Construction plans for the site of Le Corbusier’s chapel of Notre Dame du Haut (1954) in Ronchamp (France) commissioned by the Association Oeuvre Notre Dame du Haut (the same organization that commissioned the chapel by Le Corbusier), has ignited a serious debate and disagreement between organizations seeking to preserve Le Corbusier’s legacy.
The New Plan. The new plan calls for the replacement of an existing visitor’s center and asphalt parking lot with a new visitor center dug into the hillside and a landscaped parking lot. It also features a new facility to host 12 Poor Clare nuns and their visitors. The convent—to be located primarily underground, about 300 feet west of the chapel—would contain small, independent residential units and an oratory open to pilgrims. According to the association, the overall goal of the project is to rehabilitate the site and ensure it remains a place of worship.
The plan has come under harsh criticism by the Fondation Le Corbusier. “The problem is not Renzo Piano’s design; it’s the location of the building for the convent, which is too close to the chapel,” says Michel Richard, the foundation’s director.
What does Piano have to say?
“I quite agree that the architecture must be defended, especially when you talk about the architecture of Le Corbusier and such beautiful and great places. The problem is that, in this case, the petition didn’t tell the truth,” he says, noting that it didn’t mention who was responsible for the project, nor provide details of the design. “I don’t understand the reason of all this resistance—except maybe some religious intolerance.”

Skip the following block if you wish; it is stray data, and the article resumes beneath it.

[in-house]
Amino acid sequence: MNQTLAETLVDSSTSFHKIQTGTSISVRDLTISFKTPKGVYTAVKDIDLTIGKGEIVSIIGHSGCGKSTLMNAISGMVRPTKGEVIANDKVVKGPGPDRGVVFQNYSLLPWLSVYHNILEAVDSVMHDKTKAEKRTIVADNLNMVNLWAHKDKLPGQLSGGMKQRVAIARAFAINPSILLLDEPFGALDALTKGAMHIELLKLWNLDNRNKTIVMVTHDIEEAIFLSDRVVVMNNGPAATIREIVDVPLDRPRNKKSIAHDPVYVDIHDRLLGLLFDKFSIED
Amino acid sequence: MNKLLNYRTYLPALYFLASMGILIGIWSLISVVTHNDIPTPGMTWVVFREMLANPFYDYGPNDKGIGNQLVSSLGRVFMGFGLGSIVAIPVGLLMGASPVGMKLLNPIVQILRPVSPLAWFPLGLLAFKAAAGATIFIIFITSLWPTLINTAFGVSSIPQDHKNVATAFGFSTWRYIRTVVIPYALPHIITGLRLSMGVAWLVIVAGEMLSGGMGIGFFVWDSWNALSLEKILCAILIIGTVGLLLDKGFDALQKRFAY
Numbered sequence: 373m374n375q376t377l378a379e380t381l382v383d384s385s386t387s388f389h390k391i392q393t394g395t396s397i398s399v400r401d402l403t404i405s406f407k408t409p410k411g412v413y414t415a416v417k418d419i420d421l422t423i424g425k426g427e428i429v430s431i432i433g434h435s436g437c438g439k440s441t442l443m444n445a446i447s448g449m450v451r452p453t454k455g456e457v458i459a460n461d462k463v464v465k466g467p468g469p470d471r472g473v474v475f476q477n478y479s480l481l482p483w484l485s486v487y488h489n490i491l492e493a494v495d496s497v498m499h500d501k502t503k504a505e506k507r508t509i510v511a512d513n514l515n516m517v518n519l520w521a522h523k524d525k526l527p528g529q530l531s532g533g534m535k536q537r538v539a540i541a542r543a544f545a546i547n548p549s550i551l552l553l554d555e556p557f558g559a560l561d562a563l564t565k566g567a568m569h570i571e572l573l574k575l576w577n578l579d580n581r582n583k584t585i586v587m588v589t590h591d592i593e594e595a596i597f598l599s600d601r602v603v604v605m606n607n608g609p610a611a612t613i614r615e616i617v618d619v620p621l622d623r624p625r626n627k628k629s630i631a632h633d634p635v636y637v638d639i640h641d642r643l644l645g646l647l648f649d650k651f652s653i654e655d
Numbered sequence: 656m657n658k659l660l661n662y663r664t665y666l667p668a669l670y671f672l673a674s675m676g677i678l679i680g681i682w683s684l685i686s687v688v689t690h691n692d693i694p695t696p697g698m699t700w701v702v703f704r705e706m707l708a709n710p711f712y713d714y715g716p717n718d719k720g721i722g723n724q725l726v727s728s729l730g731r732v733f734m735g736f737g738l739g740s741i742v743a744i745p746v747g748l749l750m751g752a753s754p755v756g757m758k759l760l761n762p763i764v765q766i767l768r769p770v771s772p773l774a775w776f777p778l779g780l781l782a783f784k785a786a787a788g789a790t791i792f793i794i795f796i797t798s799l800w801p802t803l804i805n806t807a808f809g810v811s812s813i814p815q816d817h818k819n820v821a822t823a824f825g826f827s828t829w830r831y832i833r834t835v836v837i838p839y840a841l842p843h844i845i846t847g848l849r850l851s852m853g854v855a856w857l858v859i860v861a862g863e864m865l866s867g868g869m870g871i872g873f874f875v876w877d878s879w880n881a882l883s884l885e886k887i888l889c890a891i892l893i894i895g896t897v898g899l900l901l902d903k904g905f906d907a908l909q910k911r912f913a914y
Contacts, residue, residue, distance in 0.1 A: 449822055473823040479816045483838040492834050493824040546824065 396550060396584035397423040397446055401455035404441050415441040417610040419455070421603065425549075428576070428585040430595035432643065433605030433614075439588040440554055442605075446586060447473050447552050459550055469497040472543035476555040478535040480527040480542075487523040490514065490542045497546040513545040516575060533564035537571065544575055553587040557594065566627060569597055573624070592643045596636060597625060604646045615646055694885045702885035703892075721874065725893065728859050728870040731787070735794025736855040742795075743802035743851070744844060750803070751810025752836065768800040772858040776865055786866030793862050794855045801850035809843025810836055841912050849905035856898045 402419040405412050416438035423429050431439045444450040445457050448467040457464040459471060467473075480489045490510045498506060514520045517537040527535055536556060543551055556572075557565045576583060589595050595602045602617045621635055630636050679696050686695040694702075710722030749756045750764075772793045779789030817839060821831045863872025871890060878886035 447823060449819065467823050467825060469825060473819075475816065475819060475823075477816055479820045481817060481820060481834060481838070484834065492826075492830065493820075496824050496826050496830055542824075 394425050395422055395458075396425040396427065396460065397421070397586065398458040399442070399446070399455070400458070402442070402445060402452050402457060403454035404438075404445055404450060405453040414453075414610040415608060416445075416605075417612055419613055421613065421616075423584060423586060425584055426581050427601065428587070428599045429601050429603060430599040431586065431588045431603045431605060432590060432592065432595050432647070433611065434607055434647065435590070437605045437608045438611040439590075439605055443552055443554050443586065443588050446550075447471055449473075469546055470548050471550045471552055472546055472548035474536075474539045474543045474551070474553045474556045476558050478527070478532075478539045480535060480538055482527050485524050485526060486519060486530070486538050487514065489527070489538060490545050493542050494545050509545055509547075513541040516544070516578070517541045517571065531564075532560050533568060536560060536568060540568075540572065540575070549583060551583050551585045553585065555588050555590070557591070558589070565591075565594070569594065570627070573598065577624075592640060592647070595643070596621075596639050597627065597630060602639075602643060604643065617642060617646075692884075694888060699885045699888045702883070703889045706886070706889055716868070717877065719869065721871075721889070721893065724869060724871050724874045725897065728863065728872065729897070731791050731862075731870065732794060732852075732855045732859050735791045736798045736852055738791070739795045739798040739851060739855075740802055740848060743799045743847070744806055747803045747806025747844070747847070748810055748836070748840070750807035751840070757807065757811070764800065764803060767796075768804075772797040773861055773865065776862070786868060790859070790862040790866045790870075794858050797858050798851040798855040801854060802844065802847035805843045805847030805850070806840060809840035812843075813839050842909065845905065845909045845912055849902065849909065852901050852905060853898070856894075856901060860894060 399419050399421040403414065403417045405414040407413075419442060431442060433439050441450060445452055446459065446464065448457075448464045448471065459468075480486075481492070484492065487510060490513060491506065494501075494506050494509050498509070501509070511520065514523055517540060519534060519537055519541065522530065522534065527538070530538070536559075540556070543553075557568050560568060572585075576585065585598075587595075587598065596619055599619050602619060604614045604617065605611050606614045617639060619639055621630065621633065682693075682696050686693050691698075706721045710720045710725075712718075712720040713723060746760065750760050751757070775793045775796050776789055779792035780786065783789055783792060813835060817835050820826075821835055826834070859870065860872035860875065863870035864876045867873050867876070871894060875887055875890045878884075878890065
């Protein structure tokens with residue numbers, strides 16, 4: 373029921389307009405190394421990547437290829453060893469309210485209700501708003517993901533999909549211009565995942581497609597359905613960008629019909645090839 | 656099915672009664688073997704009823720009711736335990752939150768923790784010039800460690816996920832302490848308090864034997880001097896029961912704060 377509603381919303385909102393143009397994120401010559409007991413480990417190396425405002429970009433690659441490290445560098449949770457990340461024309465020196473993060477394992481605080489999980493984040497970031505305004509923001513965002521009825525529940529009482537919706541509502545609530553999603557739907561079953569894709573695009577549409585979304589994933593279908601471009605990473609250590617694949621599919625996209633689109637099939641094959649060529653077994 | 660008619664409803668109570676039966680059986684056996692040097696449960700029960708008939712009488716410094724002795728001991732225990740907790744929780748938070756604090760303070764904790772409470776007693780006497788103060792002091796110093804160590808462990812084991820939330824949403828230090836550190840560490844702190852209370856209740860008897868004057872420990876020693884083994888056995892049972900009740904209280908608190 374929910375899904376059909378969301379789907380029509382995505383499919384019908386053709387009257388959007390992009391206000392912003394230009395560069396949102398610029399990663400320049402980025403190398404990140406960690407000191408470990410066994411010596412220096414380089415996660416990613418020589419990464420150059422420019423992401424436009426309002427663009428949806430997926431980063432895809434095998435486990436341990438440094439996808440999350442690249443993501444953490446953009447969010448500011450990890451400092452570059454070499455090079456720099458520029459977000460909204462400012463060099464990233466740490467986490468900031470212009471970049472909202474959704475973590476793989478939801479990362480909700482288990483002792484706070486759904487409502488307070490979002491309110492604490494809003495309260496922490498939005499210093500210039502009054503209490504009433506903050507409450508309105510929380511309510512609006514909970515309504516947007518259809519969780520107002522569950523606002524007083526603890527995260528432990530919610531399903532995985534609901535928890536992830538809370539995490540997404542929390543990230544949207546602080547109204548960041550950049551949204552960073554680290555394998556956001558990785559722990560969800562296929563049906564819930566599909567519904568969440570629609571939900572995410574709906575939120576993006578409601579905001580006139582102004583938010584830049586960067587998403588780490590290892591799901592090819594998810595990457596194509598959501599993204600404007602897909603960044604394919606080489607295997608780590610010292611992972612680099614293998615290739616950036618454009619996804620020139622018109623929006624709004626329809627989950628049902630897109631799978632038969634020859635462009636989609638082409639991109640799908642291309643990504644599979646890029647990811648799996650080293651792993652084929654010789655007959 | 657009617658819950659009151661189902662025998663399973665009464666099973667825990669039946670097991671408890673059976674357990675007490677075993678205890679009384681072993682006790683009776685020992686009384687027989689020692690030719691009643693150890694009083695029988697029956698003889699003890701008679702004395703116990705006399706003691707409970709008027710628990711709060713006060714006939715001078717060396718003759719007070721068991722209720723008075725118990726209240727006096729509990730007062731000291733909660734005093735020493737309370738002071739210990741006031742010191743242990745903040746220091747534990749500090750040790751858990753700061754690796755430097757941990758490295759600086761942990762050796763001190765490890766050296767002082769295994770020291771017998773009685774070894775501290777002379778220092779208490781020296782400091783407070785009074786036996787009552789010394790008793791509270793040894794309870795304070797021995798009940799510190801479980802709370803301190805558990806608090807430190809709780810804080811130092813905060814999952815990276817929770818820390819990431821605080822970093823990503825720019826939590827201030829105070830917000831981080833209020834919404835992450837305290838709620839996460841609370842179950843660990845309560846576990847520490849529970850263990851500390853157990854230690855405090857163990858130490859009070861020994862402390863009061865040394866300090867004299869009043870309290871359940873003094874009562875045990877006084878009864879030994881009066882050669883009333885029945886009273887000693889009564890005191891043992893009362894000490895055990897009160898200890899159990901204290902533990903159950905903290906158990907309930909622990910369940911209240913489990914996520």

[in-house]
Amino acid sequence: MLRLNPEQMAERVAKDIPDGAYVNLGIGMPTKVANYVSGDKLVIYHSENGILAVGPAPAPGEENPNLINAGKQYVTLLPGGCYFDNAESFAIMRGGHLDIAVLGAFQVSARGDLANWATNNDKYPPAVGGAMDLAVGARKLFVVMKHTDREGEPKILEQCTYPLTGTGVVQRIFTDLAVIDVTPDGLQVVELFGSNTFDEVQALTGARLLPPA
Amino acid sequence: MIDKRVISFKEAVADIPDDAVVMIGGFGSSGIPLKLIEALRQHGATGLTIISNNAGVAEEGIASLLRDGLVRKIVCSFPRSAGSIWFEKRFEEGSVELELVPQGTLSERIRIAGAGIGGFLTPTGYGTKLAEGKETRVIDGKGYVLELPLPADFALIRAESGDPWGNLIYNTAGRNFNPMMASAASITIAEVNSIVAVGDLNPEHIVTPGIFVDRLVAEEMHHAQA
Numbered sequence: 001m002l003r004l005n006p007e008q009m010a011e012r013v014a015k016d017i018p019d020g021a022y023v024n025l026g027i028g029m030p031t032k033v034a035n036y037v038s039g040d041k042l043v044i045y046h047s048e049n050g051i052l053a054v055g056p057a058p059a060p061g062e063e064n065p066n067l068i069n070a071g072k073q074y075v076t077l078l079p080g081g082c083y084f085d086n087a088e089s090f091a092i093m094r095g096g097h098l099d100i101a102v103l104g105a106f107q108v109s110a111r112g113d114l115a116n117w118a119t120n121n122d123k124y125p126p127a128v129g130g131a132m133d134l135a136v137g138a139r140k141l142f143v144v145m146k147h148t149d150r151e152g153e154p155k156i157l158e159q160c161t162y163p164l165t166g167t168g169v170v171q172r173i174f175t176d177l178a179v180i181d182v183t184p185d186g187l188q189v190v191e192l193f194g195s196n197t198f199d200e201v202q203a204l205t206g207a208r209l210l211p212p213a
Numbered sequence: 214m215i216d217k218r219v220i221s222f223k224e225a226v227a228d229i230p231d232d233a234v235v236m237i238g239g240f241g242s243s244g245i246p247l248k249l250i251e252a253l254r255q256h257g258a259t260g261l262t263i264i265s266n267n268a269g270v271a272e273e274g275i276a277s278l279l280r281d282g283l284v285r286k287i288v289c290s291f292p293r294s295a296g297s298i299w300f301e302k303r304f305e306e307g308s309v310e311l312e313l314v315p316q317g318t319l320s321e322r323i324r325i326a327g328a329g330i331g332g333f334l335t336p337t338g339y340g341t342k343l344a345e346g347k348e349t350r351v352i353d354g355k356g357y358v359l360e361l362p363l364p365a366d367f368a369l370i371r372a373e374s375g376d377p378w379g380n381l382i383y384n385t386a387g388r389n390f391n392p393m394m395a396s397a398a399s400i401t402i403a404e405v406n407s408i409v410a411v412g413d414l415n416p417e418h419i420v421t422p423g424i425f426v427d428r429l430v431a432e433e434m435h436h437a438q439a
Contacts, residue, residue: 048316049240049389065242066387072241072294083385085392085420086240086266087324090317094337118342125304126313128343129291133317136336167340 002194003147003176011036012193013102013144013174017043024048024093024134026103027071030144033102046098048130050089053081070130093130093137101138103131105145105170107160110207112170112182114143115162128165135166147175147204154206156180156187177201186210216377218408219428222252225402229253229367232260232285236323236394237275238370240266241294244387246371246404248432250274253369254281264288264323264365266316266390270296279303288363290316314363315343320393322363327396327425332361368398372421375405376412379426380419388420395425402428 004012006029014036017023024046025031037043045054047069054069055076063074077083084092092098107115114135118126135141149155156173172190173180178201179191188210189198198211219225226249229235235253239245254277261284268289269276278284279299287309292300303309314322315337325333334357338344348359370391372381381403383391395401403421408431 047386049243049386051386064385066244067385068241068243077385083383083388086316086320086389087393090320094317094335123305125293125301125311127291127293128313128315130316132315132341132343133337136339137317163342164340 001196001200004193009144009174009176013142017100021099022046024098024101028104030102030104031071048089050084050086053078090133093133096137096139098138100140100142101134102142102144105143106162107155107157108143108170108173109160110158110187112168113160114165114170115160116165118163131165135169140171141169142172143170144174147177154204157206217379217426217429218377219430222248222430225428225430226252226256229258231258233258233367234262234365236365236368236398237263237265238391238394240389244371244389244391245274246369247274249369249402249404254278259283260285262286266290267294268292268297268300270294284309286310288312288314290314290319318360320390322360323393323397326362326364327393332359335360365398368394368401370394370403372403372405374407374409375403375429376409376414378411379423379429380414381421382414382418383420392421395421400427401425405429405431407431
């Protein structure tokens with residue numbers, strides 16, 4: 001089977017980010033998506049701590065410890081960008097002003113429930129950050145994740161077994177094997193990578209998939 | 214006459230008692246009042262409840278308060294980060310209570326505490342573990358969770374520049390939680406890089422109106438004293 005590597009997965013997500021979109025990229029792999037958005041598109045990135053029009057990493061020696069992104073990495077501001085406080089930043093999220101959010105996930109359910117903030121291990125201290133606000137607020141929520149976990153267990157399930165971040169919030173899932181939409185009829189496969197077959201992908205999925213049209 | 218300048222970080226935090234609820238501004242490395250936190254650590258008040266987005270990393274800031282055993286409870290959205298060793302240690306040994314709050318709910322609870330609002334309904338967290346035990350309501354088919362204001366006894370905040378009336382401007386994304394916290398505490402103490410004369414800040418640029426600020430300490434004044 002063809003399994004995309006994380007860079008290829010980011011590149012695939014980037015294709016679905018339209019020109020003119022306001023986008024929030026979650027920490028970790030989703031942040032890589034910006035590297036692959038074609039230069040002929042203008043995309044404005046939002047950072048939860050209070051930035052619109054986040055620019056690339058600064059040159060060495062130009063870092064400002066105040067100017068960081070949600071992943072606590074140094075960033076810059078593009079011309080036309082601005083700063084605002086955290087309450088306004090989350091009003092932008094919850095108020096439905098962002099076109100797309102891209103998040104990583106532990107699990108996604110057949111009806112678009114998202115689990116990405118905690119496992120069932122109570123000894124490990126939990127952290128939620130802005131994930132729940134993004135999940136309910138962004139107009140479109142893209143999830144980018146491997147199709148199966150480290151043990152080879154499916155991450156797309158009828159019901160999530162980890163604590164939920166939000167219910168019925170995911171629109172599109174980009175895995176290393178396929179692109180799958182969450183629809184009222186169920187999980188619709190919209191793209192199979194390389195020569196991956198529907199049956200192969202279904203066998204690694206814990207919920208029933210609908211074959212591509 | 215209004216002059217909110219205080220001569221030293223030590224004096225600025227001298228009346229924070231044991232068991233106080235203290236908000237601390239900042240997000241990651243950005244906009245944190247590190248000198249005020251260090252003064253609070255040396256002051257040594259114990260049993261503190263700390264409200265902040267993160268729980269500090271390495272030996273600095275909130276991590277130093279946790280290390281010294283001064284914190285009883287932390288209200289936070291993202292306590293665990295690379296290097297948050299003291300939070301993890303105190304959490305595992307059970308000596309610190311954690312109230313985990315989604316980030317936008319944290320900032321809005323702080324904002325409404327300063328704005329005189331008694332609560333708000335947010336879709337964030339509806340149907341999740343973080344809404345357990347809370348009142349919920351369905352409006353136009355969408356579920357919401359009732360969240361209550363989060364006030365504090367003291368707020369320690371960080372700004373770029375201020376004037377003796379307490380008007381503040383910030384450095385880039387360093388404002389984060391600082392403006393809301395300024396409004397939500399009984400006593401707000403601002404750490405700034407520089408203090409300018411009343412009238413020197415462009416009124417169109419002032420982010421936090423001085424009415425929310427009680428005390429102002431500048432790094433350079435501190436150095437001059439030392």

The debate. The online war has brought some of the big names from the world of architecture to intervene. Cesar Pelli, Richard Meier and Rafael Moneo are among the signatories of a petition launched by the Le Corbusier Foundation to block Renzo Piano’s £6.4 million “barbaric” scheme for the Notre Dame du Haut chapel. Massimiliano Fuksas, Eva Jiricna and Peter Cook as well as Tony Fretton, David Adjaye, Julia Barfield and former RIBA president Frank Duffy have signed the counter petition launched by Renzo Piano Building Workshop together with the client, the Association Oeuvre Notre Dame du haut.
The sentiment. This is not the first time Corbu’s project has been subjected to a debate and counter sentiments like the ones seen here. I strongly believe and support the preservation of old buildings especially which are an important link in our social and cultural lives, and Le Corbusier’s chapel of Notre Dame du Haut in Ronchamp is one of such buildings.
However, I also believe that buildings should be organically allowed to grow and adapt to the present day requirements. An attempt to preserve the Ronchamp Chapel as a museum piece will lead to its quick deterioration and eventually dilapidation. Let it grow and adapt to the present still preserving its historic and cultural character and what it stands for. In design and implementation, it should not be difficult to demarcate old from new, or rather what is Corbusier’s from what will be Piano’s.
It is a unique opportunity to dedicate the site to works of two great architects of their times- Corbusier and Piano. It is indeed a unique opportunity to compliment the old with the new.